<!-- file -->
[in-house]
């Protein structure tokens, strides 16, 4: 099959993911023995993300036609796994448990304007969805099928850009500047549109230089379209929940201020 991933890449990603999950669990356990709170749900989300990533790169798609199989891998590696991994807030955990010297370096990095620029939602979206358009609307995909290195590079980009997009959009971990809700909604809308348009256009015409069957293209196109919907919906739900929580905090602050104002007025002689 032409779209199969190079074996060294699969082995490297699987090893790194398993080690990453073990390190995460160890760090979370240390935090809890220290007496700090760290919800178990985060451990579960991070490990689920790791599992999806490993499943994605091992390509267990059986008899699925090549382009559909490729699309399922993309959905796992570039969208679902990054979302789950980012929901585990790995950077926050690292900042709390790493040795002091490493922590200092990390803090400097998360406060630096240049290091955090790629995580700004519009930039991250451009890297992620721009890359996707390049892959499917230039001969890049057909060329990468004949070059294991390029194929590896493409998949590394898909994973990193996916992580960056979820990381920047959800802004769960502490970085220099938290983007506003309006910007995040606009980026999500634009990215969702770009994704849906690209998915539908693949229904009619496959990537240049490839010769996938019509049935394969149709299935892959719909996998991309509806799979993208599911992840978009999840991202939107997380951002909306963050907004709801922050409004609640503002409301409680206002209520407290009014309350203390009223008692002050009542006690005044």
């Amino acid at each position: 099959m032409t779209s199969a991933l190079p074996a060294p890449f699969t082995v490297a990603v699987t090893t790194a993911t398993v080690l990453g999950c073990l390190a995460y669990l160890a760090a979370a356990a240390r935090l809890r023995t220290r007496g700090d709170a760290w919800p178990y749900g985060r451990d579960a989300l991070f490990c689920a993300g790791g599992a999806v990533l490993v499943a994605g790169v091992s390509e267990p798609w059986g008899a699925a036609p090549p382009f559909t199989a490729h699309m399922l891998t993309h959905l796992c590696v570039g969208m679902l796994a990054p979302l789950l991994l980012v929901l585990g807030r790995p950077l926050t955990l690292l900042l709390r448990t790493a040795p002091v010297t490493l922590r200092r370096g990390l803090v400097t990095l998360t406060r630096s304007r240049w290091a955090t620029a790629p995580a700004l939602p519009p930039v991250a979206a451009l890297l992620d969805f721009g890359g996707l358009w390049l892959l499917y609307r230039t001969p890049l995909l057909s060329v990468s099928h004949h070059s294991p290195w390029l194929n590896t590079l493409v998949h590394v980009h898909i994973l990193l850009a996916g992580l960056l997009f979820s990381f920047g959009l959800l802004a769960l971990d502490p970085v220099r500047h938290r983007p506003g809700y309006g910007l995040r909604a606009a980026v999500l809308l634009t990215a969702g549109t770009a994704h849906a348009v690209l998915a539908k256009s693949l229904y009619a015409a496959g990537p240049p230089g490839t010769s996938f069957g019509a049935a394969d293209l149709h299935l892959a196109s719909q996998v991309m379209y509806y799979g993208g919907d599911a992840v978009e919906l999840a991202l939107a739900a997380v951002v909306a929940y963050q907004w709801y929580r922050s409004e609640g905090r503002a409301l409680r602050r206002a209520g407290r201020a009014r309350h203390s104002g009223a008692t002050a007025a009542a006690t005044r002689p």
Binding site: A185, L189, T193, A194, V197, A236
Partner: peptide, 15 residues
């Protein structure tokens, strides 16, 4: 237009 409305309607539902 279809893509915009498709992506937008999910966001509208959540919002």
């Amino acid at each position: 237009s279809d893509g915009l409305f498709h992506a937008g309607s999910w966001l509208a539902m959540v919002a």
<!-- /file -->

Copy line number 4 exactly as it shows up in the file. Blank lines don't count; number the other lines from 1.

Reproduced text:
Binding site: A185, L189, T193, A194, V197, A236